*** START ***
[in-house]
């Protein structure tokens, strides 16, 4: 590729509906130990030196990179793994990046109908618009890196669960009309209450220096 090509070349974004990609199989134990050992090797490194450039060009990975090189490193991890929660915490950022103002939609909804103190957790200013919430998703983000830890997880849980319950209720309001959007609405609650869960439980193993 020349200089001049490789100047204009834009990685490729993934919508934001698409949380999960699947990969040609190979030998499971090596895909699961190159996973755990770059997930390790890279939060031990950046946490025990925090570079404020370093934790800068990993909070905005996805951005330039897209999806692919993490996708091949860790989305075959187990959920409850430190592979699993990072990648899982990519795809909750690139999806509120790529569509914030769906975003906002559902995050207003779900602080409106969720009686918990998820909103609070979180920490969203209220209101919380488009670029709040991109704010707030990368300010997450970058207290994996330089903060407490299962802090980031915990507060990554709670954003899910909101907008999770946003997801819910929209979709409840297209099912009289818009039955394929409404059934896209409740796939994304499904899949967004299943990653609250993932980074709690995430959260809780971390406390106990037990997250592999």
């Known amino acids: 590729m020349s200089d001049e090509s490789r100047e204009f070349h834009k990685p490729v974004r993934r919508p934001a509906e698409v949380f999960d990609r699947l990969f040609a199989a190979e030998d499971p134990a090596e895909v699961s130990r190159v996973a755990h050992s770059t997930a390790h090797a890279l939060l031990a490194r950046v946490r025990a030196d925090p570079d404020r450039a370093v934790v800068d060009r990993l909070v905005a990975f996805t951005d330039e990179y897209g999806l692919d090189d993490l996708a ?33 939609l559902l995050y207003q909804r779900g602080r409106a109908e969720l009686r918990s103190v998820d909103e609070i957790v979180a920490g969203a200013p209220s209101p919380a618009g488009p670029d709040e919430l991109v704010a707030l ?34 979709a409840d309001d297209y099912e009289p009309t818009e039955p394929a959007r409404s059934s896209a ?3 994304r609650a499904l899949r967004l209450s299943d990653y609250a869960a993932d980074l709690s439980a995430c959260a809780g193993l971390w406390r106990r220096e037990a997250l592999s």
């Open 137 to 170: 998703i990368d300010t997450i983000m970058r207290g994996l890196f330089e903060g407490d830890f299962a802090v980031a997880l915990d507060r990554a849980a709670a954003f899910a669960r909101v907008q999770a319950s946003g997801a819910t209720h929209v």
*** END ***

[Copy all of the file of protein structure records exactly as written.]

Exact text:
[in-house]
């Protein structure tokens, strides 16, 4: 590729509906130990030196990179793994990046109908618009890196669960009309209450220096 090509070349974004990609199989134990050992090797490194450039060009990975090189490193991890929660915490950022103002939609909804103190957790200013919430998703983000830890997880849980319950209720309001959007609405609650869960439980193993 020349200089001049490789100047204009834009990685490729993934919508934001698409949380999960699947990969040609190979030998499971090596895909699961190159996973755990770059997930390790890279939060031990950046946490025990925090570079404020370093934790800068990993909070905005996805951005330039897209999806692919993490996708091949860790989305075959187990959920409850430190592979699993990072990648899982990519795809909750690139999806509120790529569509914030769906975003906002559902995050207003779900602080409106969720009686918990998820909103609070979180920490969203209220209101919380488009670029709040991109704010707030990368300010997450970058207290994996330089903060407490299962802090980031915990507060990554709670954003899910909101907008999770946003997801819910929209979709409840297209099912009289818009039955394929409404059934896209409740796939994304499904899949967004299943990653609250993932980074709690995430959260809780971390406390106990037990997250592999």
């Known amino acids: 590729m020349s200089d001049e090509s490789r100047e204009f070349h834009k990685p490729v974004r993934r919508p934001a509906e698409v949380f999960d990609r699947l990969f040609a199989a190979e030998d499971p134990a090596e895909v699961s130990r190159v996973a755990h050992s770059t997930a390790h090797a890279l939060l031990a490194r950046v946490r025990a030196d925090p570079d404020r450039a370093v934790v800068d060009r990993l909070v905005a990975f996805t951005d330039e990179y897209g999806l692919d090189d993490l996708a ?33 939609l559902l995050y207003q909804r779900g602080r409106a109908e969720l009686r918990s103190v998820d909103e609070i957790v979180a920490g969203a200013p209220s209101p919380a618009g488009p670029d709040e919430l991109v704010a707030l ?34 979709a409840d309001d297209y099912e009289p009309t818009e039955p394929a959007r409404s059934s896209a ?3 994304r609650a499904l899949r967004l209450s299943d990653y609250a869960a993932d980074l709690s439980a995430c959260a809780g193993l971390w406390r106990r220096e037990a997250l592999s």
């Open 137 to 170: 998703i990368d300010t997450i983000m970058r207290g994996l890196f330089e903060g407490d830890f299962a802090v980031a997880l915990d507060r990554a849980a709670a954003f899910a669960r909101v907008q999770a319950s946003g997801a819910t209720h929209v």